Saturday, February 19, 2005

Of Democrats, Abortion, and Human Life

Sorry for the lack of posting; I'm way behind and still trying to catch up. While I do that, here's some material you might find interesting.

Start with feministing's post Dems & Abortion: The New Republican Light? Jump to Zed's blog for a discussion on When cells become a person (make sure not to miss the comments). Then read this (lengthy) article, titled When Does Human Life Begin?:

The question of when a human life begins is a profoundly intricate one, with widespread implications, ranging from abortion rights to stem cell research and beyond. A key point in the debate rests on the way in which we choose to define the concepts of humanity, life and human life. What does it mean to be alive? What does it mean to be human? Is a zygote or an embryo alive? Is a zygote or an embryo a human being? These are intricate philosophical questions that often incite intense debate, for their answers are used as evidence in the answers to questions about the moral status of a zygote, embryo or fetus.

Unfortunately, I didn't have time to finish reading the article, but I definitely plan to. I got as far as this passage [and had some (hurried) thoughts*]:

The current Catholic Church doctrine maintains the belief that immediate animation, the instant at which the zygote is endowed with life including a soul from God, is concurrent with the moment of fertilization (Shannon and Wolter 1990).

1) Except, fertilization is not a momentary event. There is no moment of fertilization but rather a lengthy process.

Fertilization usually occurs in the [WARNING, graphic; path specimen] fallopian tube at the end closest to the ovary. It begins with contact of the sperm and the outer layer of the egg, continues with the gradual penetration of the sperm into the various layers of the egg, and is completed when the pronuclei of the sperm and egg lose their nuclear membranes and fuse to form a new cell called a zygote.

An interesting aside: The majority, up to 78%, of fertilizations do not result in live births. [Up to 60% of fertilized eggs are spontaneously aborted before they can cause a missed menstrual period. For clinically recognized pregnancies, 10-15% end in spontaneous abortion.]

That last stage of fertilization, the fusion, is called syngamy: the sperm chromosomes (23) fuse with the egg chromosomes (23) and form the zygote (46 chromosomes).

2) Also, the product of fertilization is not a cell/s designated to become a specific entity (e.g., a human), or even a particular part of an entity (e.g. an eye, or a leg). Rather, it is a bunch of distinct totipotent cells.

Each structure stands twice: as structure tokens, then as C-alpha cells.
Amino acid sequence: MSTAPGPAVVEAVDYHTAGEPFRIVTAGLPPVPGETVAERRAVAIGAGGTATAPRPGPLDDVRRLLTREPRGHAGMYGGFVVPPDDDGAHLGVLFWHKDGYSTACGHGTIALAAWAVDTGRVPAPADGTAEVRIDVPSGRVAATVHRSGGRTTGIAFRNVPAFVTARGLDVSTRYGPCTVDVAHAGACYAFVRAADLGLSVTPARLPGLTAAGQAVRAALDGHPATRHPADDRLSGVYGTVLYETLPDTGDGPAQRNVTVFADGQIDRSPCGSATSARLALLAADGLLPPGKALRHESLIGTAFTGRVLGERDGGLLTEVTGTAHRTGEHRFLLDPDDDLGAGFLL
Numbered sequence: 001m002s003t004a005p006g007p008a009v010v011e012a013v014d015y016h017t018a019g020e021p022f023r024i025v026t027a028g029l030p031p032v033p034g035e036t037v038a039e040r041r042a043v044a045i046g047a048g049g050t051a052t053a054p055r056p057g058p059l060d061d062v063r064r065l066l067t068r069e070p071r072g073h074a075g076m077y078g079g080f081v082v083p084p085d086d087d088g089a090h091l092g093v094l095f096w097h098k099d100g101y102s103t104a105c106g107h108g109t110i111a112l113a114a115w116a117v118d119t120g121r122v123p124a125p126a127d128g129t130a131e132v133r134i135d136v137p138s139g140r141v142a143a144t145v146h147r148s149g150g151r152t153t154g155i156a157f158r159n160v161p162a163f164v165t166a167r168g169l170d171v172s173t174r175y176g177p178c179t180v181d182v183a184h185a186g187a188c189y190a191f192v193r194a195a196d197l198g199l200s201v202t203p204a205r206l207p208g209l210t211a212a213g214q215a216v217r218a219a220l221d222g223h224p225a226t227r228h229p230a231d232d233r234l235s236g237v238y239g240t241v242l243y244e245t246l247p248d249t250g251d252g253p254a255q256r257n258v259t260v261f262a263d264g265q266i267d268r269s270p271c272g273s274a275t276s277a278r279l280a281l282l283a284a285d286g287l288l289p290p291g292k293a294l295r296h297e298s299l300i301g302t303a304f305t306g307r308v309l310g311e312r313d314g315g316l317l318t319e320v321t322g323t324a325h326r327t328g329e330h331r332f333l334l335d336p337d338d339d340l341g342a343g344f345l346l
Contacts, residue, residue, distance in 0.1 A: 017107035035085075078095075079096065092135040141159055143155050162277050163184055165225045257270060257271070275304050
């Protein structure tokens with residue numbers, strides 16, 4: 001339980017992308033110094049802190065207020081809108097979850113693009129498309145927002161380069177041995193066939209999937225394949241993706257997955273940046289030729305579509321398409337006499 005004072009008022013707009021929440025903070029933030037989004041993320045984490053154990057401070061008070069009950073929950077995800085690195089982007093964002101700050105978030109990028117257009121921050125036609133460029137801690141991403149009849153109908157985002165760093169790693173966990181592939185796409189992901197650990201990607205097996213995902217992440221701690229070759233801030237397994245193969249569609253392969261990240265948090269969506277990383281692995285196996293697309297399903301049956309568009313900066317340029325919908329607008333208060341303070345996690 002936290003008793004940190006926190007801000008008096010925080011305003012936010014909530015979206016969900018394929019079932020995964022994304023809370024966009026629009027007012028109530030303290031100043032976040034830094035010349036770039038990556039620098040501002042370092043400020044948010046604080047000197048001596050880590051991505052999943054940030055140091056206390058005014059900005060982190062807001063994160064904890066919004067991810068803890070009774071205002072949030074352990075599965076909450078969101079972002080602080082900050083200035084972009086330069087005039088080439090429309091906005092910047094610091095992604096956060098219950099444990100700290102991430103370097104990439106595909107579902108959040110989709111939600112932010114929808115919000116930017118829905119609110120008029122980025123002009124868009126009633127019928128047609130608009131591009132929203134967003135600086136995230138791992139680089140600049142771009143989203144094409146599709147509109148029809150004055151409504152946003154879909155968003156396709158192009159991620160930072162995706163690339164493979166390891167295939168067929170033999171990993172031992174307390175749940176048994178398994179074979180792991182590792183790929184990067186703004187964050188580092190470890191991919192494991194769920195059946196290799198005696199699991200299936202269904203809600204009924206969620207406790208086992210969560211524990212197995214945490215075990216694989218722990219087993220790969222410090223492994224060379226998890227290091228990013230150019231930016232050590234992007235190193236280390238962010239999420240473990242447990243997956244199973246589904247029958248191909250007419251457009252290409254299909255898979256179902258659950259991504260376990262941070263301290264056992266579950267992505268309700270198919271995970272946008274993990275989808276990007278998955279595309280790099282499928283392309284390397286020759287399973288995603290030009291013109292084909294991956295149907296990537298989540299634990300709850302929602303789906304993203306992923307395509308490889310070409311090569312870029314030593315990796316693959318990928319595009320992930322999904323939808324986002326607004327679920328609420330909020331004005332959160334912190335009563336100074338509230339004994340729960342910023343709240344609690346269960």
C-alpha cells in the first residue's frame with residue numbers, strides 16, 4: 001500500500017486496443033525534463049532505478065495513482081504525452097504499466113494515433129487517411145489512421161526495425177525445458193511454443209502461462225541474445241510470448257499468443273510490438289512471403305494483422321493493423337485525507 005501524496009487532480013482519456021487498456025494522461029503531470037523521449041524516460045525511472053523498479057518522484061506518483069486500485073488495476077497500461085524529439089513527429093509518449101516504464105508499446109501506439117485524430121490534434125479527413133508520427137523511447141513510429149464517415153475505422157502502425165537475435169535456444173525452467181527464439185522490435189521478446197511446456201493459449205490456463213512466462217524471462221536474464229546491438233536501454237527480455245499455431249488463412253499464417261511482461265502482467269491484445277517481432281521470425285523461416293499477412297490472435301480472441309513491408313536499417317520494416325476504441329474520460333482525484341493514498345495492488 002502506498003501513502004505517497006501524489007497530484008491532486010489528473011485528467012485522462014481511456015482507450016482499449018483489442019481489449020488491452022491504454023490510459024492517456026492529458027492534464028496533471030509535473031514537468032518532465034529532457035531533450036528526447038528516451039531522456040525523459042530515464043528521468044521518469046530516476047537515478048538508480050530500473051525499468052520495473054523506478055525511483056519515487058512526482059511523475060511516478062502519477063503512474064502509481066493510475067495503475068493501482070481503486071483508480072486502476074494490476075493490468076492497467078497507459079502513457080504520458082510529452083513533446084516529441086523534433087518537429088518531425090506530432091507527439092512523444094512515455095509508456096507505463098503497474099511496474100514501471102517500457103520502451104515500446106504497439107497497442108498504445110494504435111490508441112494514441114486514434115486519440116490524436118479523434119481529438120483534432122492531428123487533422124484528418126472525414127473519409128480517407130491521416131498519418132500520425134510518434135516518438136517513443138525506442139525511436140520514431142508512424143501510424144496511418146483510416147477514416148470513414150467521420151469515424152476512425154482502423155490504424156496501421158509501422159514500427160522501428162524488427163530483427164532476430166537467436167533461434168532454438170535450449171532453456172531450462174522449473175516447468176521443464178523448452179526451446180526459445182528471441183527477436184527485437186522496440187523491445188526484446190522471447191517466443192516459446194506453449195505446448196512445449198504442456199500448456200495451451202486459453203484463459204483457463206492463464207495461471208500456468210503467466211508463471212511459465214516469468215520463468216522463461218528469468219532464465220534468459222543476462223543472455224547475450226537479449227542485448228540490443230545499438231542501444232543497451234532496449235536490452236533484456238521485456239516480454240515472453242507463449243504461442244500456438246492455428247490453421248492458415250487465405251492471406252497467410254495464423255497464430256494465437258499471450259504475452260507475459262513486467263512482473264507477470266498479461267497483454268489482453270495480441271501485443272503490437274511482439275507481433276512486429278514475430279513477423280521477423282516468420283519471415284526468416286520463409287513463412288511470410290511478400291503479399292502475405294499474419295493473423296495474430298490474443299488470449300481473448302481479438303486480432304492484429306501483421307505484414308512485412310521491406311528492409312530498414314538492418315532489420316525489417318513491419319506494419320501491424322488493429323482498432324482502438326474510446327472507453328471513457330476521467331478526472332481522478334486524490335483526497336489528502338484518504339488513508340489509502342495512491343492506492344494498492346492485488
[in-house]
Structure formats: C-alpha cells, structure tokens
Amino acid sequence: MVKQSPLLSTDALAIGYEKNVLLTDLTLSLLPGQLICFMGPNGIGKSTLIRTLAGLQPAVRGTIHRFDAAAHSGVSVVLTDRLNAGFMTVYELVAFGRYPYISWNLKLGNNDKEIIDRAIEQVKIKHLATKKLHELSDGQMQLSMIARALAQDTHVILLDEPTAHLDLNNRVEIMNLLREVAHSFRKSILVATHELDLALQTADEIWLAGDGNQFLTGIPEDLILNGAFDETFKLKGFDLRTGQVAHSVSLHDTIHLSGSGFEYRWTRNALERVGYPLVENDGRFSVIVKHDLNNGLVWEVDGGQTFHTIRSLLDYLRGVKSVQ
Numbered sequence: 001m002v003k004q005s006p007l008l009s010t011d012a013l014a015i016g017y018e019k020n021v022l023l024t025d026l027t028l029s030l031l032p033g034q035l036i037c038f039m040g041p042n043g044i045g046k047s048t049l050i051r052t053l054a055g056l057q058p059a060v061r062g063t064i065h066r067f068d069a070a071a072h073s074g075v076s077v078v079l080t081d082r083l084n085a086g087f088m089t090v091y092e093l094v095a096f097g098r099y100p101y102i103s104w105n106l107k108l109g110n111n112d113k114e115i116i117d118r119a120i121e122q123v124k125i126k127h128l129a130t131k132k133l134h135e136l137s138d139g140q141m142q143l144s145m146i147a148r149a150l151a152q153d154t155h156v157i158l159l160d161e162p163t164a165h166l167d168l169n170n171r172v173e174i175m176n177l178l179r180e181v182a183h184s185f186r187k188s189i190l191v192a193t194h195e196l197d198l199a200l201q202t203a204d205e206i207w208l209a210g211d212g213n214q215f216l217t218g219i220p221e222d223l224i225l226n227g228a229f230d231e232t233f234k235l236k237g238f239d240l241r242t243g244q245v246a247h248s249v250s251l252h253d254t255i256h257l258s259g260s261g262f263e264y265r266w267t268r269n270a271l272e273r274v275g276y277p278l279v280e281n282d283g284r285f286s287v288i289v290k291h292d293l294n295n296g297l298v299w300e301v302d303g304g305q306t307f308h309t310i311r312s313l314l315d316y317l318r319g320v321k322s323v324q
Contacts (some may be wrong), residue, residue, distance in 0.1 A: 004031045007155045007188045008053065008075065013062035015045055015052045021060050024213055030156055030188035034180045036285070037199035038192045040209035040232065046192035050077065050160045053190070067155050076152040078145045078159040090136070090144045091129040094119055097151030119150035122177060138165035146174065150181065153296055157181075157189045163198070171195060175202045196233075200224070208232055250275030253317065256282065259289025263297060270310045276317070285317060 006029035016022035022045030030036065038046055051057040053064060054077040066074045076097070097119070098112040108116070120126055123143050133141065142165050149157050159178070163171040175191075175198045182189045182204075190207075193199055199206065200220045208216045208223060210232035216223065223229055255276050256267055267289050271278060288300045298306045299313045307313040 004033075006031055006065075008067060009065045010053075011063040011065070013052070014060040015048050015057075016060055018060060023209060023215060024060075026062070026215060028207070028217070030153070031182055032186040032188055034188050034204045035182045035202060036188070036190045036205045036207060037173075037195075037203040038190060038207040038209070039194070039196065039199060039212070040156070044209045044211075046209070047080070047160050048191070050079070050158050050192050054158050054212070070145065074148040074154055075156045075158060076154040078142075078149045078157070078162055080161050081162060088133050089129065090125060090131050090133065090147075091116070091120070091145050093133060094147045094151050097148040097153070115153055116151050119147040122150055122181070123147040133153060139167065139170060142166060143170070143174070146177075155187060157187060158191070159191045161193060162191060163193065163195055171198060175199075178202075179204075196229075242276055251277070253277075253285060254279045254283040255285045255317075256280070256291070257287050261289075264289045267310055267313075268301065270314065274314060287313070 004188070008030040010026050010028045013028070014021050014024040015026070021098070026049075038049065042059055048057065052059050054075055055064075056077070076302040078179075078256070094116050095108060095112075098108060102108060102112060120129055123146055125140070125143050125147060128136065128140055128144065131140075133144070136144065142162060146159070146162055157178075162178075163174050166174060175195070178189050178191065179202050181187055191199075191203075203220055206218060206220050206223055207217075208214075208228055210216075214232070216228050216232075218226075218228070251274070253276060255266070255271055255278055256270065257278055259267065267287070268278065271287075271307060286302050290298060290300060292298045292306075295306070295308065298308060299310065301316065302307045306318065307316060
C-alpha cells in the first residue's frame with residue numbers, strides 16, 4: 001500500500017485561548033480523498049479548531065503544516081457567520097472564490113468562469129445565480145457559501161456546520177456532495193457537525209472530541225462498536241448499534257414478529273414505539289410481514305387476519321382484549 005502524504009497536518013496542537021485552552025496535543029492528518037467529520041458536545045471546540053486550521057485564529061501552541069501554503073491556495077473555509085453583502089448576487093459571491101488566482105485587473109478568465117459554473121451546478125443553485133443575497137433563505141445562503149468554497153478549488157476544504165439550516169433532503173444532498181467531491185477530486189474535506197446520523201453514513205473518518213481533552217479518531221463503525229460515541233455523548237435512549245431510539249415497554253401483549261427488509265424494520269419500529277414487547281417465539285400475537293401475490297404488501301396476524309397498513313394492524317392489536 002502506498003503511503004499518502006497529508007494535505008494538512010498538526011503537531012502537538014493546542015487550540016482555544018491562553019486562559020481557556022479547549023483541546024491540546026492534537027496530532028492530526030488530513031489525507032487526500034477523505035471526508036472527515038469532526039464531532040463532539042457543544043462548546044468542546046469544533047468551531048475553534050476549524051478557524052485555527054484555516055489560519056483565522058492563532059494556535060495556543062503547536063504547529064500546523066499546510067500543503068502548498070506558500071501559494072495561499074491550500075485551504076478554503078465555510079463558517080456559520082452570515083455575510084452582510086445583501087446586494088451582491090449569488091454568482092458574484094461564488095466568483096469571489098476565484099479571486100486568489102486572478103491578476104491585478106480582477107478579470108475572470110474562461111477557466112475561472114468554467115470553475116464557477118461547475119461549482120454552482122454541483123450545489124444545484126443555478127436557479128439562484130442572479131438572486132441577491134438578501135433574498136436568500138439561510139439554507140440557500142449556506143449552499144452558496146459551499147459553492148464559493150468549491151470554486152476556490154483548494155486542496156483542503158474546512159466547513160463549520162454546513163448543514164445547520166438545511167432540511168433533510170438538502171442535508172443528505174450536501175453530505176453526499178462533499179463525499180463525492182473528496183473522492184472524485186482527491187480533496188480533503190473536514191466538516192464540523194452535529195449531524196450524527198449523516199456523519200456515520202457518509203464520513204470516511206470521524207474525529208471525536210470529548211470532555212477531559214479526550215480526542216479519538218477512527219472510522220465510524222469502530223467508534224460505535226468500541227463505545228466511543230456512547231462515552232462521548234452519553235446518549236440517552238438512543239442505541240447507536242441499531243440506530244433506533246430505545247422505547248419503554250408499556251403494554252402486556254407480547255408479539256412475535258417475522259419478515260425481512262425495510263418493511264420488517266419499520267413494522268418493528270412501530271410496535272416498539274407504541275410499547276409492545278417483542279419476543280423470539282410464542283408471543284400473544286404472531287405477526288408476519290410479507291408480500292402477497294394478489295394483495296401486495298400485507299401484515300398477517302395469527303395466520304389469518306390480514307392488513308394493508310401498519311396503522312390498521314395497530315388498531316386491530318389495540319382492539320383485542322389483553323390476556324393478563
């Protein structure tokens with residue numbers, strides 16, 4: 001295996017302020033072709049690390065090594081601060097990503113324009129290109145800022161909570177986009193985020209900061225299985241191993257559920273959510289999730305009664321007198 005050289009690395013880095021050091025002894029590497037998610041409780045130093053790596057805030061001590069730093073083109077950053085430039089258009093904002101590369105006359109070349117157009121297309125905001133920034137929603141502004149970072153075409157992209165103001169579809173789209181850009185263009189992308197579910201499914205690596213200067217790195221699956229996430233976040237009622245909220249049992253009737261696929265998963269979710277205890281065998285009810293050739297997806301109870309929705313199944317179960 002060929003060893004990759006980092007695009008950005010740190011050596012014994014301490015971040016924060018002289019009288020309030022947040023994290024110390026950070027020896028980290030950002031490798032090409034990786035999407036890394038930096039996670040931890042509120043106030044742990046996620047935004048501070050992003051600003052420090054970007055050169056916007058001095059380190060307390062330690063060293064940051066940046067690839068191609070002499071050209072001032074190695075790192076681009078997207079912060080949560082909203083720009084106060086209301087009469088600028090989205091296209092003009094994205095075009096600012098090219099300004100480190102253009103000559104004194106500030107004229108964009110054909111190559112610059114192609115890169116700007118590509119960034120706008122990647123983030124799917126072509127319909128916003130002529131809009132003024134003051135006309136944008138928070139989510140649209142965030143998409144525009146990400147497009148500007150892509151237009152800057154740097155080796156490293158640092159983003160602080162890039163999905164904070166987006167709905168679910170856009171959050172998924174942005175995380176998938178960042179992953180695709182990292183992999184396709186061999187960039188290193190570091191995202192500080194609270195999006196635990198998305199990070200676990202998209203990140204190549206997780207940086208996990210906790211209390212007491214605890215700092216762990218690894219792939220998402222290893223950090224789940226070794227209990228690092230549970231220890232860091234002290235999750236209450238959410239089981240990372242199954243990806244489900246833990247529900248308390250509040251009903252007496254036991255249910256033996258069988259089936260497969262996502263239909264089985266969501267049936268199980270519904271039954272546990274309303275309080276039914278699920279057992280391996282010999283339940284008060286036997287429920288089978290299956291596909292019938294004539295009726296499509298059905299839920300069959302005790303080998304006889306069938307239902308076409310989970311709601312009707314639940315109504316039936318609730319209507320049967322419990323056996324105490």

After syngamy, the zygote undergoes a series of divisions (preembryo stage). [About 3 days after syngamy we're at the 8 cell stage.] The newly divided cells are called blastomeres. These blastomeres are the totipotent cells. [Briefly, each one of these cells can develop independently along any line--from a preembryo to an extra-embryonic structure; they are not yet committed to a/any particular pathway.]

Another interesting aside: Once fertilization is complete, there is an entity with a new genotype. [The egg/sperm has only 23 chromosomes, but the zygote has 46--a new genotype.] However, this new entity isn't capable, at its earliest stages, of expression (transcription) of the new genotype, being regulated instead by information from the egg for continued growth and development.

3) Last, but not least, the product of fertilization doesn't have individuation. In order to be able to develop into a human person, the preembryo needs to acquire it.

From 4 to 5 days after syngamy, the blastomeres start to adhere more closely to each other, and form a morula. [During all this time, the fertilized egg has been traveling from one end of the fallopian tube towards the uterine cavity.]

Next, the morula undergoes a few changes--a central cavity appears, a distinct inner cell mass organizes--and becomes a blastocyst. The blastocyst reaches the uterine cavity where it floats around for about two more days.

After this [5-7 days after syngamy] the process of implantation begins: